My wife is reading a book called “The Art of Stopping Time, Practical Mindfulness for Busy People” by Pedram Shojai. Each day offers a short chapter with a suggested exercise. It may be spending time in nature, or fasting from social media for a day.
Yesterday’s was to take five deep breaths every 30 minutes throughout the day, using a timer. I decided to try it.
Here are some observations:
Thirty minutes goes by very quickly. It seemed like every time I turned around, the timer was going off. I was also surprised by how much I packed into each 30-minute period. This shed some light on periods when I was focused — and the integers when I was multitasking and flitting from one thing to another. The timer gave me a chance to pause and check in with myself.
I spotted the impulse to do other things while I took the five deep breaths — stretch or look at my phone or simply keep working on whatever I was working on at the moment. It took a conscious decision to stop everything and ONLY breathe. I also saw this thought more than once: “I don’t have time to stop.” But not once did this turn out to be true. The five deep breaths took less than a minute.
At one point in the morning, I was nearing the end of a fast and furious freewrite when the timer went off. I was tempted to ignore it, but didn’t. The five deep breaths didn’t ruin my flow; in fact, they slowed me down just enough that when I returned to the keyboard, picking up right where I had left off was easy.
Full disclosure: I missed a few hours. At some point mid-morning, I forgot to restart the timer after my deep breaths. I walked to town to meet Luping for our hour of tutoring, then did some errands on foot. When I resumed my practice in the early afternoon, the five breaths turned into 10 along with some loud yawning and big jaw opening. Suddenly, the interruption was fully welcome, a reminder to get up off my ass, plant both feet on the floor, and say hello to the body.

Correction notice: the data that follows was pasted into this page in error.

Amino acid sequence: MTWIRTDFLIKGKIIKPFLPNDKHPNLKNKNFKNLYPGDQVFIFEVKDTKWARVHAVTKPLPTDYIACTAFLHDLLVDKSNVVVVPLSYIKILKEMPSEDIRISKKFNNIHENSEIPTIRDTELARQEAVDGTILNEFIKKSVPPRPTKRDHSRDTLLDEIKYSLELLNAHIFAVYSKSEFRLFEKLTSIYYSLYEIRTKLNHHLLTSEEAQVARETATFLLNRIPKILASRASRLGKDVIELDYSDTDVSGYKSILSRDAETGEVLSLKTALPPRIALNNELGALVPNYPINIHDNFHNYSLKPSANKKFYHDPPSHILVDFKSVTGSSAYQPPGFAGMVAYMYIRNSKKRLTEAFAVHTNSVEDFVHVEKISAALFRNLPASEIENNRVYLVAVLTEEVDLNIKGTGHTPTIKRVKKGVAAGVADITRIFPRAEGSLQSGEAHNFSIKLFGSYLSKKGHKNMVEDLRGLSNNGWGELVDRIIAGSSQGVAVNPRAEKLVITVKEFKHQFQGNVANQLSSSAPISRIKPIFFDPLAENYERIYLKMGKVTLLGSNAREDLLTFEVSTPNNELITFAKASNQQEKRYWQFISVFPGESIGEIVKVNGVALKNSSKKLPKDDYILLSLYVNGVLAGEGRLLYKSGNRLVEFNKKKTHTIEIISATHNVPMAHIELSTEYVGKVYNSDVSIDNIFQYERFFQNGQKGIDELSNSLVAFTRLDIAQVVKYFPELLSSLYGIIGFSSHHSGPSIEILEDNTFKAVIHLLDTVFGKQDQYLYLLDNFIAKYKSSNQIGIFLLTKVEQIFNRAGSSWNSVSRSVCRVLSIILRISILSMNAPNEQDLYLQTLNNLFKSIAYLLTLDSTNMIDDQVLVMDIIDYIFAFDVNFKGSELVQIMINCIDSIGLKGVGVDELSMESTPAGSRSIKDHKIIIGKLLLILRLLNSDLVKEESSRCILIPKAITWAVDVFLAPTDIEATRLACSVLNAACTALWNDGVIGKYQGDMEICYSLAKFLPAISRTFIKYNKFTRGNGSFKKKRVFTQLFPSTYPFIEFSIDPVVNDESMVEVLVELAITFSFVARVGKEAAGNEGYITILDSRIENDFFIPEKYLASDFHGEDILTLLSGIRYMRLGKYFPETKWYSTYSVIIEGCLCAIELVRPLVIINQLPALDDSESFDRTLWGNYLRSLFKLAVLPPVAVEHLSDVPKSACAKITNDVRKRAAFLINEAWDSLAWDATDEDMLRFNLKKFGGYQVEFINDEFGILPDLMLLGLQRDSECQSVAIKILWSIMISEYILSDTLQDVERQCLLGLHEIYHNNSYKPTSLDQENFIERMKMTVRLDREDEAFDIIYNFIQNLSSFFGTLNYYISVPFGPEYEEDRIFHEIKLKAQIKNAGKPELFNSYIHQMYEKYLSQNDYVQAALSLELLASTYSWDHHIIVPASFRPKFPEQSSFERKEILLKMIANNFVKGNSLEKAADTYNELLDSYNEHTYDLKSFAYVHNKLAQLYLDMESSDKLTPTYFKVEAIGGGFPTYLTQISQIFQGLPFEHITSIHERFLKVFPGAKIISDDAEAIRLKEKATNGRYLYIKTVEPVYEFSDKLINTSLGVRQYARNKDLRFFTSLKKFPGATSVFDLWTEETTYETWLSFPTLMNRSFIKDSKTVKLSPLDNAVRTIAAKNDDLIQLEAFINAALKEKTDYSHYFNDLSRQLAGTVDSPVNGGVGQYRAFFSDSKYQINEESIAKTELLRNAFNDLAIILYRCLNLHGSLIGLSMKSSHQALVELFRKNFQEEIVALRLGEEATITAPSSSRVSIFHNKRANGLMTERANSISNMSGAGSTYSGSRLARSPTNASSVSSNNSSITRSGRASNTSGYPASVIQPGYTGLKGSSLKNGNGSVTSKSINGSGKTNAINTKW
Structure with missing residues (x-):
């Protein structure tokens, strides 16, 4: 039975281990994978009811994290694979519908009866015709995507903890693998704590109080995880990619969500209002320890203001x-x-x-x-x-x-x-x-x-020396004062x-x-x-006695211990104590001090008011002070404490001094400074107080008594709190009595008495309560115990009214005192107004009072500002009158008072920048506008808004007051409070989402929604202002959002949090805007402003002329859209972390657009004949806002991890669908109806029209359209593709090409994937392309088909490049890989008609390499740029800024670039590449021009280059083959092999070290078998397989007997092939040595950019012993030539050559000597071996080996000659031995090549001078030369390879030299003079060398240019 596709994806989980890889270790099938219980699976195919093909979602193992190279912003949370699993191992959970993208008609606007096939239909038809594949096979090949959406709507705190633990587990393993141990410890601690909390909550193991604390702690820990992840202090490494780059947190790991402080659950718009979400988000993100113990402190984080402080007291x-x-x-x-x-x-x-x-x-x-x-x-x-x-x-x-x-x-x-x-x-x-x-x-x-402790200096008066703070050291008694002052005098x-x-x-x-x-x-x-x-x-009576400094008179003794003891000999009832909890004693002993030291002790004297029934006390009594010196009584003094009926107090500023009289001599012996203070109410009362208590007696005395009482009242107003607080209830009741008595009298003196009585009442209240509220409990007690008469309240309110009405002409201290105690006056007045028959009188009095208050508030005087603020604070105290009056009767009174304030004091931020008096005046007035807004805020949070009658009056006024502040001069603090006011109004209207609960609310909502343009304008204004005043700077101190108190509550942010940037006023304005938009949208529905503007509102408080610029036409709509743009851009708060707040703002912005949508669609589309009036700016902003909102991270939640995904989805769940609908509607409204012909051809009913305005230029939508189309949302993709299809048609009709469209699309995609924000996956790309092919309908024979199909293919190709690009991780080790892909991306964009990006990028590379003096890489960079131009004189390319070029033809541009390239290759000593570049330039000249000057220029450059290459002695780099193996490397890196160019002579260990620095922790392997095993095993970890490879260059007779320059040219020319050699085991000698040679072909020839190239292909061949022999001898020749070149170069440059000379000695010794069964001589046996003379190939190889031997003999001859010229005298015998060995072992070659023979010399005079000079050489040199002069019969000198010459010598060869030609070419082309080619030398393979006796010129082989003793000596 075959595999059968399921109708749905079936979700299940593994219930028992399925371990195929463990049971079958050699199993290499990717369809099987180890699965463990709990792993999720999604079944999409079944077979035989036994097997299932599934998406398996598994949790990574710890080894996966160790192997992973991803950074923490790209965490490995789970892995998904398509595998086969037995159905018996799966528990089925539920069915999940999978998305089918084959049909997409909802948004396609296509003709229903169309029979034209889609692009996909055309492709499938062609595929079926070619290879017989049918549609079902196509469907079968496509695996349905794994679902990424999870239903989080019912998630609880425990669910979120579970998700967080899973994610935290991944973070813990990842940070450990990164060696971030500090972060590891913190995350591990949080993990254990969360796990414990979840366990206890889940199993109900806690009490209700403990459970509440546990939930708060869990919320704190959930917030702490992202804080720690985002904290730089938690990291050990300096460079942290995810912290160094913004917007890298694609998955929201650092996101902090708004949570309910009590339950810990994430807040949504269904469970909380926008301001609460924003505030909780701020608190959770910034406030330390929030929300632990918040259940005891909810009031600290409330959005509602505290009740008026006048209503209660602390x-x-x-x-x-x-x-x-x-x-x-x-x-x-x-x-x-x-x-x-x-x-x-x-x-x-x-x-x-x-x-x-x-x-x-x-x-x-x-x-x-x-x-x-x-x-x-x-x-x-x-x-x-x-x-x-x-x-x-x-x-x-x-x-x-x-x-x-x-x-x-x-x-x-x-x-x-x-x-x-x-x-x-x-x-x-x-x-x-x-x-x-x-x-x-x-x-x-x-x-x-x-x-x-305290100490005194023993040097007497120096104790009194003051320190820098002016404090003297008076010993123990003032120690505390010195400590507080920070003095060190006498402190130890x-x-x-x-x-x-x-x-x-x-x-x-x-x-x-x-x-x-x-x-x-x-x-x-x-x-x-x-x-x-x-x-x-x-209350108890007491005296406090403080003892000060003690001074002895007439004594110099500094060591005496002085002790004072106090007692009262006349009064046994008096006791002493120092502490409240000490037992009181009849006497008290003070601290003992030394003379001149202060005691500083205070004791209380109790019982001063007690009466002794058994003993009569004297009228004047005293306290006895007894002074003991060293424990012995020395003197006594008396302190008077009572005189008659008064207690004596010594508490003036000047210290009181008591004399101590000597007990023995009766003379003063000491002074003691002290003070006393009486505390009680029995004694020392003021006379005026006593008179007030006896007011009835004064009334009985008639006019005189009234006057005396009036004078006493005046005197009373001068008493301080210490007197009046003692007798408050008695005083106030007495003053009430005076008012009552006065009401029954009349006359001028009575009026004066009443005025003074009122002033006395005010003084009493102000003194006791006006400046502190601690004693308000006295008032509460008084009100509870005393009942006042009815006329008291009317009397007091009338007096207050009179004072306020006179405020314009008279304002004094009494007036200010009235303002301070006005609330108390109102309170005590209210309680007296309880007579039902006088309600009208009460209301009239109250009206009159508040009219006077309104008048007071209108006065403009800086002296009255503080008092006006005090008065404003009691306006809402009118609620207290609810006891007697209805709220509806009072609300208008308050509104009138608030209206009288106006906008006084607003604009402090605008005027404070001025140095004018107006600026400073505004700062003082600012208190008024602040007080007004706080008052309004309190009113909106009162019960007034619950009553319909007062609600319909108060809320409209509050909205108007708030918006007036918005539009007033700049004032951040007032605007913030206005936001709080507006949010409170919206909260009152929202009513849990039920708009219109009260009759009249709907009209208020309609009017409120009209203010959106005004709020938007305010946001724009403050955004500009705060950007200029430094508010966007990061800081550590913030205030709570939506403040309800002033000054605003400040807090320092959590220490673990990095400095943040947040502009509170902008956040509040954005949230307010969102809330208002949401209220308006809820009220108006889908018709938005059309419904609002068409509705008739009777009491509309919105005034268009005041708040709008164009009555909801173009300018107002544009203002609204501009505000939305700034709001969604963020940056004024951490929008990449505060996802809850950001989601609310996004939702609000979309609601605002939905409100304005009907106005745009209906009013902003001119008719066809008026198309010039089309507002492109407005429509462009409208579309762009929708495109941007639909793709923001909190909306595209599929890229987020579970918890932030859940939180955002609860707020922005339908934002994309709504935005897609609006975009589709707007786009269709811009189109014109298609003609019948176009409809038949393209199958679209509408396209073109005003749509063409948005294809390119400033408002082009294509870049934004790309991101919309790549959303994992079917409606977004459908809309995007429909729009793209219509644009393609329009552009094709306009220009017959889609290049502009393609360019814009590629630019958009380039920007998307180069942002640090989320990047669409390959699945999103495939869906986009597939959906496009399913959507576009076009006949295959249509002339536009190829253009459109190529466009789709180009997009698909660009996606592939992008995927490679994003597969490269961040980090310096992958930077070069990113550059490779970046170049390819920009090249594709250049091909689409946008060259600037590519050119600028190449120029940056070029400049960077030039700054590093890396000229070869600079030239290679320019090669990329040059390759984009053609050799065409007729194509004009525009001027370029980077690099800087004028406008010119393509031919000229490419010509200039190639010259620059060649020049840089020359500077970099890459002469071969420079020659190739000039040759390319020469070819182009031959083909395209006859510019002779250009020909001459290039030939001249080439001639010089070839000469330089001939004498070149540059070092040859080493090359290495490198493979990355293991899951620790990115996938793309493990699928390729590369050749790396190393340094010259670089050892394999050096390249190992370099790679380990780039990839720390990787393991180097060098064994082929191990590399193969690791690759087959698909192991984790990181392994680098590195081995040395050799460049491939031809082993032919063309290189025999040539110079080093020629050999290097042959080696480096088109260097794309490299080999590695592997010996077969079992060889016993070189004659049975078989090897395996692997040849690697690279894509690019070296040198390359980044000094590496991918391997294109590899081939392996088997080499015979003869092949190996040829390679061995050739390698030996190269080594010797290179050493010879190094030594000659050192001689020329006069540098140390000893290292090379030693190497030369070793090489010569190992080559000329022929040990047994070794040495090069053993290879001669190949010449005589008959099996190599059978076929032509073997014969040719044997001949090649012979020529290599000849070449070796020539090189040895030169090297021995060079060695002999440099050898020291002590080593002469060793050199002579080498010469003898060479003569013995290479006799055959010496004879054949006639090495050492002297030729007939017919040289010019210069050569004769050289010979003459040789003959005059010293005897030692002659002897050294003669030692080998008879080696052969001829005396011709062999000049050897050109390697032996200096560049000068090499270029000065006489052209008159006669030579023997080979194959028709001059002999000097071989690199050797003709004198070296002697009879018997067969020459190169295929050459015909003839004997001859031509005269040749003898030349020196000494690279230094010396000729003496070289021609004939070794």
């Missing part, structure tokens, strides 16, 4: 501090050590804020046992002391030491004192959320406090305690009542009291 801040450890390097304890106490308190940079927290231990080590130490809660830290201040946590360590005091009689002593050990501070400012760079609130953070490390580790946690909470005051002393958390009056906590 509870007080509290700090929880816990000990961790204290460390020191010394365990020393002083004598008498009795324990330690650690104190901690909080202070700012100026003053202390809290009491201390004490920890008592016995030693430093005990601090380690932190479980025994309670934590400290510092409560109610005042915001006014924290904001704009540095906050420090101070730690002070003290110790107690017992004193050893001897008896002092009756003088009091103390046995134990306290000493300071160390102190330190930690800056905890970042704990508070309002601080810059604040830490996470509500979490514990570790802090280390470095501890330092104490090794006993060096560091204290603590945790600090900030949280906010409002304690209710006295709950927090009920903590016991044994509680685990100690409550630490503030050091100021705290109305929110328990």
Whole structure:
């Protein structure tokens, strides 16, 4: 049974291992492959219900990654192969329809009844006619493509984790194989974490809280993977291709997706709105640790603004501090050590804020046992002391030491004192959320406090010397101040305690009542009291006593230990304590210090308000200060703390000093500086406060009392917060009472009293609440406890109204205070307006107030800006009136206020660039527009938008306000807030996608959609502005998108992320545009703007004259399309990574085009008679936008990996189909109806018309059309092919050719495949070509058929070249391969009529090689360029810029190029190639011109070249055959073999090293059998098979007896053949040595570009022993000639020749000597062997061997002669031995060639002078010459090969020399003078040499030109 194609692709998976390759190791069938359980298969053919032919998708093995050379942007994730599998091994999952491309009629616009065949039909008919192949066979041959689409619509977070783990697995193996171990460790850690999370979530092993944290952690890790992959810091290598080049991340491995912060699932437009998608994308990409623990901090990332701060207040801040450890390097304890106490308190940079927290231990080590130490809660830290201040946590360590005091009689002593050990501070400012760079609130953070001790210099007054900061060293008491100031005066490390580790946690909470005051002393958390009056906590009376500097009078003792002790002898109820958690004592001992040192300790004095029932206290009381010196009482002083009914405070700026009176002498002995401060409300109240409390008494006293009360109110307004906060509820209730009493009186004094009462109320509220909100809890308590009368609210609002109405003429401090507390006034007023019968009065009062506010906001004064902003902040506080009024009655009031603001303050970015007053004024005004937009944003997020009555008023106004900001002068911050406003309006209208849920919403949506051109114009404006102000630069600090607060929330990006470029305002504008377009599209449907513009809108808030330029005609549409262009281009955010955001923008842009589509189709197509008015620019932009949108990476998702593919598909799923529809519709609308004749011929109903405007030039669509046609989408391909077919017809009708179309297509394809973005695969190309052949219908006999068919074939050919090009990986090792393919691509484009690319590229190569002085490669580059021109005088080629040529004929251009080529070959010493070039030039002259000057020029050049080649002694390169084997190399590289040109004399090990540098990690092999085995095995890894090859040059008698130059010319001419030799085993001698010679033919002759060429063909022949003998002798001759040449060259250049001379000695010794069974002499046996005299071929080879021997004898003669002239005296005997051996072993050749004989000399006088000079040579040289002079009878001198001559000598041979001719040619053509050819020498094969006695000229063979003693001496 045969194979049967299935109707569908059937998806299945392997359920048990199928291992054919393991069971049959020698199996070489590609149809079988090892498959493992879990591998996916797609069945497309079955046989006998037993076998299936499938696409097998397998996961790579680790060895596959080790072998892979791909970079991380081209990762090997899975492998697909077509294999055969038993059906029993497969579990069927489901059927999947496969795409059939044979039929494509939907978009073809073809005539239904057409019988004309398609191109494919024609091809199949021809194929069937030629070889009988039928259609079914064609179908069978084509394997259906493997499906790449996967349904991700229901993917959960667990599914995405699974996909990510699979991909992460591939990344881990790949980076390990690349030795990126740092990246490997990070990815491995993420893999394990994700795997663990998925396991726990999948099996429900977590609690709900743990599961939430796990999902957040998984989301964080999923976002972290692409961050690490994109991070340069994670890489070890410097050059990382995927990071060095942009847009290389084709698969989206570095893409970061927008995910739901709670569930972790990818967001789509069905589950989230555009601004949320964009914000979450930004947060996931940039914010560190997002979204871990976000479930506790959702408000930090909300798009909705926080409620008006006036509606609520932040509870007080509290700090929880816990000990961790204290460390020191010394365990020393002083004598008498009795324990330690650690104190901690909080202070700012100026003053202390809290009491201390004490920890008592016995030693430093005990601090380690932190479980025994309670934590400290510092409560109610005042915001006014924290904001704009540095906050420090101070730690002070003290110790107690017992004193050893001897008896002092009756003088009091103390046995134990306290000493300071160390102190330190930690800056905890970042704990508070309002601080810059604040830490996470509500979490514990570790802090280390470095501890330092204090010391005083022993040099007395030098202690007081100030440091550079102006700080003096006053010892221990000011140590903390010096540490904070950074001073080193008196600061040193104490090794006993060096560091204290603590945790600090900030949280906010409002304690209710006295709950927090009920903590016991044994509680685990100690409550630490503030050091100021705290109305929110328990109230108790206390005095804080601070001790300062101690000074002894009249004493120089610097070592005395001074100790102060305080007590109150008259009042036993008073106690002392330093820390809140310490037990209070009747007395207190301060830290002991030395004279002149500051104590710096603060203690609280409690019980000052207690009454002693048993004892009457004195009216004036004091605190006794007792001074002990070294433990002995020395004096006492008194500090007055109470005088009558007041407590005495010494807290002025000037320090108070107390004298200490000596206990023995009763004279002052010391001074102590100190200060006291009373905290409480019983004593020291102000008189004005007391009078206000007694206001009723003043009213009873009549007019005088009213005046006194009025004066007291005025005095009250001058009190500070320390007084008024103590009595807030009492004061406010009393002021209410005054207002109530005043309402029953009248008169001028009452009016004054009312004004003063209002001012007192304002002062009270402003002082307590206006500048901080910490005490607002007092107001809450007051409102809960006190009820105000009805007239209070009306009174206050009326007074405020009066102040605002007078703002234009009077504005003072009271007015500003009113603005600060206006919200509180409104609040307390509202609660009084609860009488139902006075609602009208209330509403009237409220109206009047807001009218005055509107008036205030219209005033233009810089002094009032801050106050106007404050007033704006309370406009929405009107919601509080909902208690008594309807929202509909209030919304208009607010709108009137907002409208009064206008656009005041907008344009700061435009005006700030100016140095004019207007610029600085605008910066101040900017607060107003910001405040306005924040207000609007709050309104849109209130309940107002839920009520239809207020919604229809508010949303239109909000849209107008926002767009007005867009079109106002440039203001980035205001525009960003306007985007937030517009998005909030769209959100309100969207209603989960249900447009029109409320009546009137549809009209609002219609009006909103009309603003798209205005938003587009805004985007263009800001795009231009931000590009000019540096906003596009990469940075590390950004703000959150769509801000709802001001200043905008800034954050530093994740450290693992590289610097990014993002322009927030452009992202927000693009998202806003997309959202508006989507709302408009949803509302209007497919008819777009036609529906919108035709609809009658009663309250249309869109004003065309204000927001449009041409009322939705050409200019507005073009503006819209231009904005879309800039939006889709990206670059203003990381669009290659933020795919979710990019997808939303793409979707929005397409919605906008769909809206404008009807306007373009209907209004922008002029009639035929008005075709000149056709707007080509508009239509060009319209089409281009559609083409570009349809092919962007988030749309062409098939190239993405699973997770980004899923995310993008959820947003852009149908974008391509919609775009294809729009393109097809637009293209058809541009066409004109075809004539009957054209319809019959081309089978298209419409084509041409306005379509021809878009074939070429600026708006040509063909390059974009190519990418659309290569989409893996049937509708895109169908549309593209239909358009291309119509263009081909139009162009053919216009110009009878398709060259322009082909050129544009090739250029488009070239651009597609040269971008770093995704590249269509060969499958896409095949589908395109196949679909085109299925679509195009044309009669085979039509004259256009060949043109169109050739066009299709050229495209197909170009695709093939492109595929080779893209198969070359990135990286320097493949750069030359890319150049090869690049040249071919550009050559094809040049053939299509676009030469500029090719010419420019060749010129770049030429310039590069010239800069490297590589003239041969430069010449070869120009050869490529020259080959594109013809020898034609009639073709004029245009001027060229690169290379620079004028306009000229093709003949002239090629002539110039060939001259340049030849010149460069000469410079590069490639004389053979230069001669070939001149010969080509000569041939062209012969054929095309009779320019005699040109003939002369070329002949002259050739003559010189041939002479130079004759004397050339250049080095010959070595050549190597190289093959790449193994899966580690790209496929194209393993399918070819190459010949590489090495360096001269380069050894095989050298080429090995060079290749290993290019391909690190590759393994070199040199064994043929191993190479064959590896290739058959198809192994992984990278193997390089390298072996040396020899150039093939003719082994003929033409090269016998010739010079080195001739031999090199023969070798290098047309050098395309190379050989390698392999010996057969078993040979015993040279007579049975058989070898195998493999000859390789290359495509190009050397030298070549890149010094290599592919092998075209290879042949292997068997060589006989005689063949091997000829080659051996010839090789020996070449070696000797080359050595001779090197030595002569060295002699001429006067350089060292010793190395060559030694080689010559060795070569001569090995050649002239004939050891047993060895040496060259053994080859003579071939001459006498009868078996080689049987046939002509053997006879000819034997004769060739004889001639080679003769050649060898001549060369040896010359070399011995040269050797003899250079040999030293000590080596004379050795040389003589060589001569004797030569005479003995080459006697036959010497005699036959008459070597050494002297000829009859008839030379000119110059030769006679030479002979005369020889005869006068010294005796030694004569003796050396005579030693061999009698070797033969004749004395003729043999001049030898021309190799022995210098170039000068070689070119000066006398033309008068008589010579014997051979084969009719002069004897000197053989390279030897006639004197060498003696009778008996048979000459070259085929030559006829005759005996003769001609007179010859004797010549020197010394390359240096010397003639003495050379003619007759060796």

Late-afternoon brought hot chocolate around a small bonfire with Pearl’s Hebrew school class, celebrating the Jewish holiday of Tu b’Shvat, also known as the new year of the trees. Along with this small caffeine hit, the cold woke me back up, and I detected a subtle connection between the deep breathing I’d been doing throughout the day and the singing we were now doing around the fire. Come to think of it, there’s also a natural correlation between deep breathing and trees, since without them we’d be in deep breathing trouble.
Today, I’m giving it another go. Having a chance to check in every half hour may seem excessive, but really it’s a good way to get in the habit of breathing more consciously throughout the day. I’m already feeling more aware of when my breath gets shallow or neglected. I like this idea of tending to it, in the same way I would another person under my roof.
If breath is life, who are we when we’re running around being busy or trying to cram 10,000 things into every increment of time? Is that actually living?
Practices like this bring me a chance to see my default habits anew. Rather than thinking I failed some test if I forgot to set my timer and breathe deeply the whole day, I’m always more interested in what happens when I don’t judge myself but bring patience and care to the process of trying things. Anything that smacks of holier-than-thou-ness will send me running for the hills, but I will gladly play with ways to wake myself up, mentally and physically, and make more of me available to whatever or whomever is in front of me.
I have six minutes left till my next five deep breaths, but you know what? I’m not waiting. I’m taking them right now, even as my hands fly over the keyboard.
When do you neglect your breath? When do you tend to it? What reminds you to come back to yourself throughout the day?